Open Source Desktop: Ubuntu Linux vs. PC-BSD, What’s the Difference?

by on August 24, 2007 · 11 comments· LAST UPDATED August 24, 2007

in , ,

This is an interesting review on PC-BSD and to be honest it looks like a decent alternative to desktop Linux.

I’ve already written about Linux vs FreeBSD on server with lots of interesting commentary from both FreeBSD and Linux fan boys users. I'm using Linux desktop since 1999 and I will never go back to Windows. Many of my friends and coworkers owns Mac OS X but I don't have any plan to jump into it either. However Dru Lavigne offers another alternative PC-BSD ~ the other open source Unix descendant:

Ubuntu is known as Linux for Human Beings, because it's driven by the philosophy that "software should be available free of charge, software tools should be usable by people in their local language and despite any disabilities, and people should have the freedom to customize and alter their software in whatever way they see fit" (Ubuntu Documentation).

PC-BSD, on the other hand, "has been designed with the casual computer user in mind. Installing the system is simply a matter of a few clicks and a few minutes for the installation process to finish. Hardware such as video, sound, network, and other devices will be auto-detected and available at the first system startup. Home users will immediately feel comfortable with PC-BSD's desktop interface, with KDE 3.5 running under the hood. Software installation has also been designed to be as painless as possible, simply double-click and software will be installed...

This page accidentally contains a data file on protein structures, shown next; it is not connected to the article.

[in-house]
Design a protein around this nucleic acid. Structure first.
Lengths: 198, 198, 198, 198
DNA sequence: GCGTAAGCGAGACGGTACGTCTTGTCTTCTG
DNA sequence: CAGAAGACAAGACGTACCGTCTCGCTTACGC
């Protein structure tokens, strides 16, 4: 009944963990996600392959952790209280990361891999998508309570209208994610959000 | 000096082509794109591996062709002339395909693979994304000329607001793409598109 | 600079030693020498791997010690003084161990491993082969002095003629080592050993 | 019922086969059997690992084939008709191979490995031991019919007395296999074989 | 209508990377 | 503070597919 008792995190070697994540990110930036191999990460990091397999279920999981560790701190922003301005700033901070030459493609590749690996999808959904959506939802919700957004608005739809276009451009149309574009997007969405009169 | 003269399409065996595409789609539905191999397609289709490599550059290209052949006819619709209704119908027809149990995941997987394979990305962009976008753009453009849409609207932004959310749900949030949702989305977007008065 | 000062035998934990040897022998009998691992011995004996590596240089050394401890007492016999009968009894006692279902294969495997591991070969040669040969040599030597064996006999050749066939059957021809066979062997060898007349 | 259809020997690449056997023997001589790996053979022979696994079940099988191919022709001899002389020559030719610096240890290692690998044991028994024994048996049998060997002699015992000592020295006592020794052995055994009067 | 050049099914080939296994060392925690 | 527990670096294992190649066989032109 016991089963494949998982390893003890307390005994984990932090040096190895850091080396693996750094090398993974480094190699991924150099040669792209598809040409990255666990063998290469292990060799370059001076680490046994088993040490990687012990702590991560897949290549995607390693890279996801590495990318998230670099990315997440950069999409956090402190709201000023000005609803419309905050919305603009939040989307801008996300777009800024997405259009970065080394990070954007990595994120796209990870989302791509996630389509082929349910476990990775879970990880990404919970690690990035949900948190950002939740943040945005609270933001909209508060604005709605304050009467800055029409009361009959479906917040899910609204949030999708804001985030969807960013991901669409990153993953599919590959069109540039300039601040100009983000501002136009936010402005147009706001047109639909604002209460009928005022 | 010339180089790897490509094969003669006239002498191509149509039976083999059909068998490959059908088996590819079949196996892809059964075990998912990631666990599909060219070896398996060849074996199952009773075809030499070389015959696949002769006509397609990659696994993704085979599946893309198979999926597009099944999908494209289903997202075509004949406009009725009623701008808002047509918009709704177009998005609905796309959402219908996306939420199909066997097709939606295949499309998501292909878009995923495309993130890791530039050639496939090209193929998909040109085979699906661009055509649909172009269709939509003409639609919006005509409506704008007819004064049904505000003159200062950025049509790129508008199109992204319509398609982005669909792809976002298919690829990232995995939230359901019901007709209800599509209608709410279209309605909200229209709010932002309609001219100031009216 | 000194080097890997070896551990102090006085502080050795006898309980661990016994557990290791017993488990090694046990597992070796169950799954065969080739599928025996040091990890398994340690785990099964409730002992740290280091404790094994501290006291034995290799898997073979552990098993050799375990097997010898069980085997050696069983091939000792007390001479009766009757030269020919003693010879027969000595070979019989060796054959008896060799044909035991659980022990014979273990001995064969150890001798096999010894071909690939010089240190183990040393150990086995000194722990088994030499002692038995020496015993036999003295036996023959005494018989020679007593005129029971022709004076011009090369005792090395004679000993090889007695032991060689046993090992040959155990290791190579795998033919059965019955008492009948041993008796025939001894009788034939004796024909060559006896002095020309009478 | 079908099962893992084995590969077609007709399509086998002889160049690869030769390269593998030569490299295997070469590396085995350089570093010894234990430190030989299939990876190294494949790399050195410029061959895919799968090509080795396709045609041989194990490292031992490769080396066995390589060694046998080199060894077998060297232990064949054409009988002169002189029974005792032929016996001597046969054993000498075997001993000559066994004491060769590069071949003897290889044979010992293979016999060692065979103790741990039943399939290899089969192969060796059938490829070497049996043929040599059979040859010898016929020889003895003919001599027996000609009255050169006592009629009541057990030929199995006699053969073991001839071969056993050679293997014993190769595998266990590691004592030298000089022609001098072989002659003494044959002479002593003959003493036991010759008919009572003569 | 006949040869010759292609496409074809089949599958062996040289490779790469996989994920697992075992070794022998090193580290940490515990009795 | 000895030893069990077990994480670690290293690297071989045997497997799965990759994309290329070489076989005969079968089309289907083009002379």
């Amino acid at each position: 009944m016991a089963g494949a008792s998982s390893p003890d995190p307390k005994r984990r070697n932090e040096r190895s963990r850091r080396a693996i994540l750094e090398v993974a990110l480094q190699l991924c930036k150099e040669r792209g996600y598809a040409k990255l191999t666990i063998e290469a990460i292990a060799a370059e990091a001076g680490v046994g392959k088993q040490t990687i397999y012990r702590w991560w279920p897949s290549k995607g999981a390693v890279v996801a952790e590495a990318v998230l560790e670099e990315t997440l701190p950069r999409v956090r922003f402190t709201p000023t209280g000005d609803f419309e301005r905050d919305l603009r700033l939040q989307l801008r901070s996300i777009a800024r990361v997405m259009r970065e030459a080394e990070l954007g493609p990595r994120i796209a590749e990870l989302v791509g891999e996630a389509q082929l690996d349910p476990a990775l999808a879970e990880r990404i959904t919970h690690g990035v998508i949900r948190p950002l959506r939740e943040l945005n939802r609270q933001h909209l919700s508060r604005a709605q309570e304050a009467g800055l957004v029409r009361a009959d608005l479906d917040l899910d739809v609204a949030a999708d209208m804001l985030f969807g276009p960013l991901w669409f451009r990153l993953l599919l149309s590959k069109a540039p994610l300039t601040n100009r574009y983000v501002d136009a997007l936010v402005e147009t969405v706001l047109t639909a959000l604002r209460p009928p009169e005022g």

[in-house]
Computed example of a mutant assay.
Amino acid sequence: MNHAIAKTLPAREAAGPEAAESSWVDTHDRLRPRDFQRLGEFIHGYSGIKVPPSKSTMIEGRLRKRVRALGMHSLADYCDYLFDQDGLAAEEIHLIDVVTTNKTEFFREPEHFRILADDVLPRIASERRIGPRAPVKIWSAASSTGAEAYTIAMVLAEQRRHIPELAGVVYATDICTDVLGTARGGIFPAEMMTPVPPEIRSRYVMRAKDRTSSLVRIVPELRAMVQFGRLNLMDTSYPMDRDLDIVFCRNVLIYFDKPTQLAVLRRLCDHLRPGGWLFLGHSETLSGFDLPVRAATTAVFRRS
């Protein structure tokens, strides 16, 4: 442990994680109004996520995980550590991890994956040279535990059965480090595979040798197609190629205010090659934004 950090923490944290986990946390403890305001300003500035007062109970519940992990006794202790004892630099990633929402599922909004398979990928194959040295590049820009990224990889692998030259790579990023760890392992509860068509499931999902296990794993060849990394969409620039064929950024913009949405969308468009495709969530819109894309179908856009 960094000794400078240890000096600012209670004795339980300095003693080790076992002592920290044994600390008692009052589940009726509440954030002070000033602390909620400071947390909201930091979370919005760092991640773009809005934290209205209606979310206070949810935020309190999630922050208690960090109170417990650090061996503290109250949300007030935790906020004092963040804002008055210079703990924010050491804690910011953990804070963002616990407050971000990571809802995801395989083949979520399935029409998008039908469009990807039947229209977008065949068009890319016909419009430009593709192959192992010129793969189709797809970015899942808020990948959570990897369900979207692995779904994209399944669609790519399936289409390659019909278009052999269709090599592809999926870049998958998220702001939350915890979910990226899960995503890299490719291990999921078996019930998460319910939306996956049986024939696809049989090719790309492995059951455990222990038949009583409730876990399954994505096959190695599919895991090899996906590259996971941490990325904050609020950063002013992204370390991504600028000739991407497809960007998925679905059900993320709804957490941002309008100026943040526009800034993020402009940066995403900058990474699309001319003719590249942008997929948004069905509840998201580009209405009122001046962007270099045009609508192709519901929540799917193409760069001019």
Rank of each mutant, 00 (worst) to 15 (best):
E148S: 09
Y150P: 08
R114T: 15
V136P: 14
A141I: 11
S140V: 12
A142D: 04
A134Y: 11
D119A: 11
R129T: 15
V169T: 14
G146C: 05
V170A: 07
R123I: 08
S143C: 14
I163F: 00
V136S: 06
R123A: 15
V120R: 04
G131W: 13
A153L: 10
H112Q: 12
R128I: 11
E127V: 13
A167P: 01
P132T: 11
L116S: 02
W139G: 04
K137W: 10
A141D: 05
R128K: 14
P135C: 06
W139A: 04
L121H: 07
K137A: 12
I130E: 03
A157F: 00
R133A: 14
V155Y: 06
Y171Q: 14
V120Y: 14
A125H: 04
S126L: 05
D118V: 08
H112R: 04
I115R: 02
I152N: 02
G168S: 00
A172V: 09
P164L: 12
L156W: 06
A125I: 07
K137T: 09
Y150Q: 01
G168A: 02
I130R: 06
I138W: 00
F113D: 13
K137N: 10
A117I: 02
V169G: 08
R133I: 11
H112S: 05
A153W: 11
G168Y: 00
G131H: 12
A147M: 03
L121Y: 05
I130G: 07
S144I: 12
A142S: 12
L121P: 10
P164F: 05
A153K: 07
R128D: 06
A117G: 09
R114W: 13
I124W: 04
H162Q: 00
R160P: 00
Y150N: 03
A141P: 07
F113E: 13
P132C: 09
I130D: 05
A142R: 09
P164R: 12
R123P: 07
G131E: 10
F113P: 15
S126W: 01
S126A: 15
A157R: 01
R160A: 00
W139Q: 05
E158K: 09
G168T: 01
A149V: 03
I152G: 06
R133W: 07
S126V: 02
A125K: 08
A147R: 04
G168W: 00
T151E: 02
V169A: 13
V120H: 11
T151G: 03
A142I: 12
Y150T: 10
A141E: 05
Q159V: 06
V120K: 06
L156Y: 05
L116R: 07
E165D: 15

=> Linux vs. BSD, What's the Difference? [linuxdevcenter.com]

There's an old saying that goes, if it's not broken, don't fix it! My main concern is hardware compatibility especially wireless card. What do you think? Are you going for a test drive?

TwitterFacebookGoogle+PDF versionFound an error/typo on this page? Help us!

{ 11 comments… read them below or add one }

1 Tobi August 24, 2007 at 10:56 am

You could also give DesktopBSD a try…

Reply

2 RoHaN August 24, 2007 at 1:14 pm

Good Brother!..

Keep it upp…

Thx!

Reply

3 Jonathan Arnold August 24, 2007 at 2:36 pm

Funny, I just posted over on LinuxBrainDump.org the reasons why I moved from PC-BSD to Linux. There were just far too many big and small gotchas for me to continue, after 3 months of full time PC-BSD usage (and years of FreeBSD experience).

Reply

4 nixCraft August 24, 2007 at 3:58 pm

@Tobi, thanks ill check it out …

@RoHaN, No problem.

@Jonathan, nice article. Hardware is the main issue, IMHO.

Appreciate all of your posts!

Reply

5 Brian August 24, 2007 at 6:25 pm

I’ve tried PC-BSD before, and as you mentioned, hardware compatability was a bit of a hurdle for me. However, even if the hardware issues were sorted out, I don’t think I’ll move to it because I already have a hard enough time using a relatively obscure OS like Linux, let alone trying to convince people to support BSD.

Reply

6 JL June 8, 2009 at 11:06 pm

Ubuntu rocks. Plain rocks. Good day to you.

Reply

7 John Phoenix August 18, 2011 at 12:09 pm

Since this review is 4 years old now I thought I’d share some good news. I am a Windows user who must use Windows for games, thus i will never leave Windows. A few years ago i started testing out various Linux Distros. many of them I like way better than Ubuntu like PCLinux or Mepis. I never really thought of BSD before because it was to a Windows user, even more Unix based than Linux was.. YUCK !